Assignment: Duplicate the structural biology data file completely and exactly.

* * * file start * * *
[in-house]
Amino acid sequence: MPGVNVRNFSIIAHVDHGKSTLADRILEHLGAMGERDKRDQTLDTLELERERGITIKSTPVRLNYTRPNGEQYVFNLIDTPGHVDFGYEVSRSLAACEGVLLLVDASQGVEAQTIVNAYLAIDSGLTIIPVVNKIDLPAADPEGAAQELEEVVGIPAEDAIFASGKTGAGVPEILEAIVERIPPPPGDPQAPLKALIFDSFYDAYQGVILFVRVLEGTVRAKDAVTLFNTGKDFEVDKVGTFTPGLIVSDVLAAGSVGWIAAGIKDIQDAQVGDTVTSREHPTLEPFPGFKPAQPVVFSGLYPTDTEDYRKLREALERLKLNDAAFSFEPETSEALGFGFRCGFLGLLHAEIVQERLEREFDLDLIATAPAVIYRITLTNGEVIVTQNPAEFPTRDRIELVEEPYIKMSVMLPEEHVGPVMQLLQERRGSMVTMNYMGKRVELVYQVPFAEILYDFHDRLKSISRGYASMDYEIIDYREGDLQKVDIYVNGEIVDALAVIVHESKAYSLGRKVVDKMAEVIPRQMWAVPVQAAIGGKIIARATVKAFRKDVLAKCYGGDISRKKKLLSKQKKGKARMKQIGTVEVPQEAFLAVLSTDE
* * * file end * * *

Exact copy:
[in-house]
Amino acid sequence: MPGVNVRNFSIIAHVDHGKSTLADRILEHLGAMGERDKRDQTLDTLELERERGITIKSTPVRLNYTRPNGEQYVFNLIDTPGHVDFGYEVSRSLAACEGVLLLVDASQGVEAQTIVNAYLAIDSGLTIIPVVNKIDLPAADPEGAAQELEEVVGIPAEDAIFASGKTGAGVPEILEAIVERIPPPPGDPQAPLKALIFDSFYDAYQGVILFVRVLEGTVRAKDAVTLFNTGKDFEVDKVGTFTPGLIVSDVLAAGSVGWIAAGIKDIQDAQVGDTVTSREHPTLEPFPGFKPAQPVVFSGLYPTDTEDYRKLREALERLKLNDAAFSFEPETSEALGFGFRCGFLGLLHAEIVQERLEREFDLDLIATAPAVIYRITLTNGEVIVTQNPAEFPTRDRIELVEEPYIKMSVMLPEEHVGPVMQLLQERRGSMVTMNYMGKRVELVYQVPFAEILYDFHDRLKSISRGYASMDYEIIDYREGDLQKVDIYVNGEIVDALAVIVHESKAYSLGRKVVDKMAEVIPRQMWAVPVQAAIGGKIIARATVKAFRKDVLAKCYGGDISRKKKLLSKQKKGKARMKQIGTVEVPQEAFLAVLSTDE